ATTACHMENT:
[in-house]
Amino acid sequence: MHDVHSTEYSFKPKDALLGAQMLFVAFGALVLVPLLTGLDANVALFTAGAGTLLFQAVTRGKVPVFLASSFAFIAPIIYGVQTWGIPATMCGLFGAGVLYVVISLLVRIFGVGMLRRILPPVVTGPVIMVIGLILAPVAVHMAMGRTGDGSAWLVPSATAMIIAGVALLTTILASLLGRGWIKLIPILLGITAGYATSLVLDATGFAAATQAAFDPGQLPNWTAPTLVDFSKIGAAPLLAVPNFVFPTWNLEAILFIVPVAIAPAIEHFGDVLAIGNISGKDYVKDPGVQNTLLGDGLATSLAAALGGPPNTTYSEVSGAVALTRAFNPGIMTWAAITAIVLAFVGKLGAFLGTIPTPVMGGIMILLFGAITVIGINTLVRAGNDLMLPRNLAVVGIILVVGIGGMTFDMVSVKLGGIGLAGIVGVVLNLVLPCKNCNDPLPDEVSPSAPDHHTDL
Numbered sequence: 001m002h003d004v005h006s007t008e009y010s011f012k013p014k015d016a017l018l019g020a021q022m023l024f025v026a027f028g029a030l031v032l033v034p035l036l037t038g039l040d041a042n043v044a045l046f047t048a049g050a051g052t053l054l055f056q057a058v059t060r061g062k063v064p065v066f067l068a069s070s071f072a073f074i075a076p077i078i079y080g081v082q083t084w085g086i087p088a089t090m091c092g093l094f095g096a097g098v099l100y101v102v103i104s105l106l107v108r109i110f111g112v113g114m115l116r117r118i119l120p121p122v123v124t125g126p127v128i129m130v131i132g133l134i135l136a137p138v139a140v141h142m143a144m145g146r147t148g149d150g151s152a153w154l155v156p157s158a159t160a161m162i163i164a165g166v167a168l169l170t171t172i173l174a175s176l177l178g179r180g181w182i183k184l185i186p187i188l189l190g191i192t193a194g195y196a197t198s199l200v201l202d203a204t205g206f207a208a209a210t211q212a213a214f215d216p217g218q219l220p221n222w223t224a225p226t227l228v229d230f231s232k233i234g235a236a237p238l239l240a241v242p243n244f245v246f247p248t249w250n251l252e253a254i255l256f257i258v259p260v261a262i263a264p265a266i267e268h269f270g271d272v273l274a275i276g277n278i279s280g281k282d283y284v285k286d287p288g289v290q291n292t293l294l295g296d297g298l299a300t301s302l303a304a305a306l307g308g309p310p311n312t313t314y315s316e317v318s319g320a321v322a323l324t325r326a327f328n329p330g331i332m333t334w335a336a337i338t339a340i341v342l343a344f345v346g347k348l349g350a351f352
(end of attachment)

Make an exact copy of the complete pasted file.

[in-house]
Amino acid sequence: MHDVHSTEYSFKPKDALLGAQMLFVAFGALVLVPLLTGLDANVALFTAGAGTLLFQAVTRGKVPVFLASSFAFIAPIIYGVQTWGIPATMCGLFGAGVLYVVISLLVRIFGVGMLRRILPPVVTGPVIMVIGLILAPVAVHMAMGRTGDGSAWLVPSATAMIIAGVALLTTILASLLGRGWIKLIPILLGITAGYATSLVLDATGFAAATQAAFDPGQLPNWTAPTLVDFSKIGAAPLLAVPNFVFPTWNLEAILFIVPVAIAPAIEHFGDVLAIGNISGKDYVKDPGVQNTLLGDGLATSLAAALGGPPNTTYSEVSGAVALTRAFNPGIMTWAAITAIVLAFVGKLGAFLGTIPTPVMGGIMILLFGAITVIGINTLVRAGNDLMLPRNLAVVGIILVVGIGGMTFDMVSVKLGGIGLAGIVGVVLNLVLPCKNCNDPLPDEVSPSAPDHHTDL
Numbered sequence: 001m002h003d004v005h006s007t008e009y010s011f012k013p014k015d016a017l018l019g020a021q022m023l024f025v026a027f028g029a030l031v032l033v034p035l036l037t038g039l040d041a042n043v044a045l046f047t048a049g050a051g052t053l054l055f056q057a058v059t060r061g062k063v064p065v066f067l068a069s070s071f072a073f074i075a076p077i078i079y080g081v082q083t084w085g086i087p088a089t090m091c092g093l094f095g096a097g098v099l100y101v102v103i104s105l106l107v108r109i110f111g112v113g114m115l116r117r118i119l120p121p122v123v124t125g126p127v128i129m130v131i132g133l134i135l136a137p138v139a140v141h142m143a144m145g146r147t148g149d150g151s152a153w154l155v156p157s158a159t160a161m162i163i164a165g166v167a168l169l170t171t172i173l174a175s176l177l178g179r180g181w182i183k184l185i186p187i188l189l190g191i192t193a194g195y196a197t198s199l200v201l202d203a204t205g206f207a208a209a210t211q212a213a214f215d216p217g218q219l220p221n222w223t224a225p226t227l228v229d230f231s232k233i234g235a236a237p238l239l240a241v242p243n244f245v246f247p248t249w250n251l252e253a254i255l256f257i258v259p260v261a262i263a264p265a266i267e268h269f270g271d272v273l274a275i276g277n278i279s280g281k282d283y284v285k286d287p288g289v290q291n292t293l294l295g296d297g298l299a300t301s302l303a304a305a306l307g308g309p310p311n312t313t314y315s316e317v318s319g320a321v322a323l324t325r326a327f328n329p330g331i332m333t334w335a336a337i338t339a340i341v342l343a344f345v346g347k348l349g350a351f352